A modern climbing rope made of very fine threads of polyamide: the nylon for you and me. Nylon is one of the long-known polymer materials that are even now being rediscovered, rework and processed again to extend the properties and performance.
Its use in the manufacture of rope with rock climbing, ice, mountaineering and climbing wall environment is an outstanding example of how the old material has been taken out of the boundaries and limitations of the original. You can buy nylon paracord through The Paracord Store.
Although most manufacturers will claim that there is something unique about their braiding process, my research seems to indicate that there is no big difference in manufacturing techniques. Competitive advantage comes from subtle variations in their braiding machine programming and after treatment.
Image Source: Google
Mammut uses high-quality Polyamide 6 (Nylon) for the production of filaments, which run the entire 50 – 60m length of a typical rock climbing rope. In the first stage, between two and six filaments are spun together to create a strong thread.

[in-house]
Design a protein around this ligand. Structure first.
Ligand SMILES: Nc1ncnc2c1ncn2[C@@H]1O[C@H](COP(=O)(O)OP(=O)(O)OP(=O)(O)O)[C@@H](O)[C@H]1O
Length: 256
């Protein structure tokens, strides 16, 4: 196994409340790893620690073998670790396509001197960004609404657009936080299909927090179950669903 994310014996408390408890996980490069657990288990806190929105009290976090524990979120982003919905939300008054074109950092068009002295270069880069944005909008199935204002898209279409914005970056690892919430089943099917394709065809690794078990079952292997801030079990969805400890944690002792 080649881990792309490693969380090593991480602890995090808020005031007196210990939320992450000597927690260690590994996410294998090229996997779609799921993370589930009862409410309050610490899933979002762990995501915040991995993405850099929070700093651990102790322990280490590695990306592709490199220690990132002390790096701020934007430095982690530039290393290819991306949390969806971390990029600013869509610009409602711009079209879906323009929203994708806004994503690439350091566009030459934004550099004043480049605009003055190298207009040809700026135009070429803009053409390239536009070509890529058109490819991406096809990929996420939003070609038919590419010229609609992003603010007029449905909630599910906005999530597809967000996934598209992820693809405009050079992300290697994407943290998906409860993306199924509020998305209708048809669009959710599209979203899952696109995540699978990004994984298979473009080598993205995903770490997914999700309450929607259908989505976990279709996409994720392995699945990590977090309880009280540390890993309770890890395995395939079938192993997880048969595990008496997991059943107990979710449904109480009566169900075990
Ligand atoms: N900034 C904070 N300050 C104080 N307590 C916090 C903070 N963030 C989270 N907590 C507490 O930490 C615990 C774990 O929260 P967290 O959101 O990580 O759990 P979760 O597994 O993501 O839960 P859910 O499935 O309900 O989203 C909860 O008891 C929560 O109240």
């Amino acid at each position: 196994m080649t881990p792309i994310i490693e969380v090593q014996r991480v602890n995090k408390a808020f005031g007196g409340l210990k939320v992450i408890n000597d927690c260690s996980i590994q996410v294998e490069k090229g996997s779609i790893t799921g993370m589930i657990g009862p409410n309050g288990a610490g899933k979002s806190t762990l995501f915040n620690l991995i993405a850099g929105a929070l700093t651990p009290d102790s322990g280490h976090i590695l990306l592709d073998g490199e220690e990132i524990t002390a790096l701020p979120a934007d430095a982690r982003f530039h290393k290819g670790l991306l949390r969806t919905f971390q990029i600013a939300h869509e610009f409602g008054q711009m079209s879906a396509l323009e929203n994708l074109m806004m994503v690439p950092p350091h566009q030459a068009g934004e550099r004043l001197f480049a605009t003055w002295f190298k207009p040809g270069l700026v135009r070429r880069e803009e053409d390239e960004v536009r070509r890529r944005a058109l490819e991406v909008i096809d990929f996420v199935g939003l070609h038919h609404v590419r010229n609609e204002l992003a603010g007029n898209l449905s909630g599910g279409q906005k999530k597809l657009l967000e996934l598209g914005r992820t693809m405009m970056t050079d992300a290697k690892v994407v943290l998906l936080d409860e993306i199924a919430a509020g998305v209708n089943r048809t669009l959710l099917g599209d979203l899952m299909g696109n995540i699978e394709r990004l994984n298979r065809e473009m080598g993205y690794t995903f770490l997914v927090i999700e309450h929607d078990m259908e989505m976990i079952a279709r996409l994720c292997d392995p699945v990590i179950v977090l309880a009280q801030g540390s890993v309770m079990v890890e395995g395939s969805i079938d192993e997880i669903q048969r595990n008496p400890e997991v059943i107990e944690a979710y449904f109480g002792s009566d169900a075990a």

Depending on the end-use of the right of the rope 4, 5 or 6 threads are then combined in the next phase to produce webbing. Some of the braids are then combined to form the core of the rope. This part of the rope structure that gives some of his power.
Braid braiding process provides important spiral twisted structures, which also increases the elasticity of this rope, a very important factor in protecting the climber falls. Without elasticity, autumn will end too soon, resulting in shock loading intolerable that breaks the ropes – or the climber falling.